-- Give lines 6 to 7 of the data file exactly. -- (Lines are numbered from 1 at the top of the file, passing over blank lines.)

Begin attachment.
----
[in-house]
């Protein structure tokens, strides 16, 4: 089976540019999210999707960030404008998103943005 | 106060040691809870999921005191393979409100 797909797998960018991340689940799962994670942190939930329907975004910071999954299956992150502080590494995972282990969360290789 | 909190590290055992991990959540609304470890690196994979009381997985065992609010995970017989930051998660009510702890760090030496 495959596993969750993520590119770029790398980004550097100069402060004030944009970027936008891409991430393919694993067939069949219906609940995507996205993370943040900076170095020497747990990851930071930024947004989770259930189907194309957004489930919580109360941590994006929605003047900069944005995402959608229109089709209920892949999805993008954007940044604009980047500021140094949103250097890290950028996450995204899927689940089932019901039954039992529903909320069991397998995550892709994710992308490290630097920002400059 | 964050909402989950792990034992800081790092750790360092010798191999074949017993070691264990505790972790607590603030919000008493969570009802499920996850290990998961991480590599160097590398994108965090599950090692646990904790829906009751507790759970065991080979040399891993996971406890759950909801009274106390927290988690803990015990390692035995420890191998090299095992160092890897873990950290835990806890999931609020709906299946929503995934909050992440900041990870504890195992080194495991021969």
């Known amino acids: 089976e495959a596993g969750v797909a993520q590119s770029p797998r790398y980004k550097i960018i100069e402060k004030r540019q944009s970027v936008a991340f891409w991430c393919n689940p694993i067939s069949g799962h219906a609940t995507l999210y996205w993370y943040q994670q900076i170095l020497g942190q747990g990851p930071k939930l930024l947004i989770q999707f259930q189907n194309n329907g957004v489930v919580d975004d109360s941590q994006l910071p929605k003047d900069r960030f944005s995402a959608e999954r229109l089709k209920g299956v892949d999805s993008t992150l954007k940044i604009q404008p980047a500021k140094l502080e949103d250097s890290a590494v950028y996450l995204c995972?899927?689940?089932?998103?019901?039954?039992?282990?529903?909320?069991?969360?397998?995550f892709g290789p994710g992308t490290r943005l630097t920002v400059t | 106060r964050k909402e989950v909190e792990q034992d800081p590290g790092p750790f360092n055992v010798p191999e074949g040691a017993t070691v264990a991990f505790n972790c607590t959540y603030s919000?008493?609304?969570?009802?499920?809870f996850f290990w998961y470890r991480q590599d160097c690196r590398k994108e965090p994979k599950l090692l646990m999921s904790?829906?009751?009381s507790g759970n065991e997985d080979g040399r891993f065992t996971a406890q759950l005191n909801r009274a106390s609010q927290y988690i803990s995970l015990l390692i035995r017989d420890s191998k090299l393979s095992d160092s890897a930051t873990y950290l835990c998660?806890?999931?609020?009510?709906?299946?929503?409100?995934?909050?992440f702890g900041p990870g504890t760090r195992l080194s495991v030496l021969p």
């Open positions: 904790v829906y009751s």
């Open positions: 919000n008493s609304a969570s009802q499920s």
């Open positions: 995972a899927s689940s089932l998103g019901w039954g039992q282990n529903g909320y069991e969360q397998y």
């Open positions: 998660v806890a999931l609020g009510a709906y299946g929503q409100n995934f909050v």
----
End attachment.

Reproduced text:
């Open positions: 995972a899927s689940s089932l998103g019901w039954g039992q282990n529903g909320y069991e969360q397998y």
């Open positions: 998660v806890a999931l609020g009510a709906y299946g929503q409100n995934f909050v």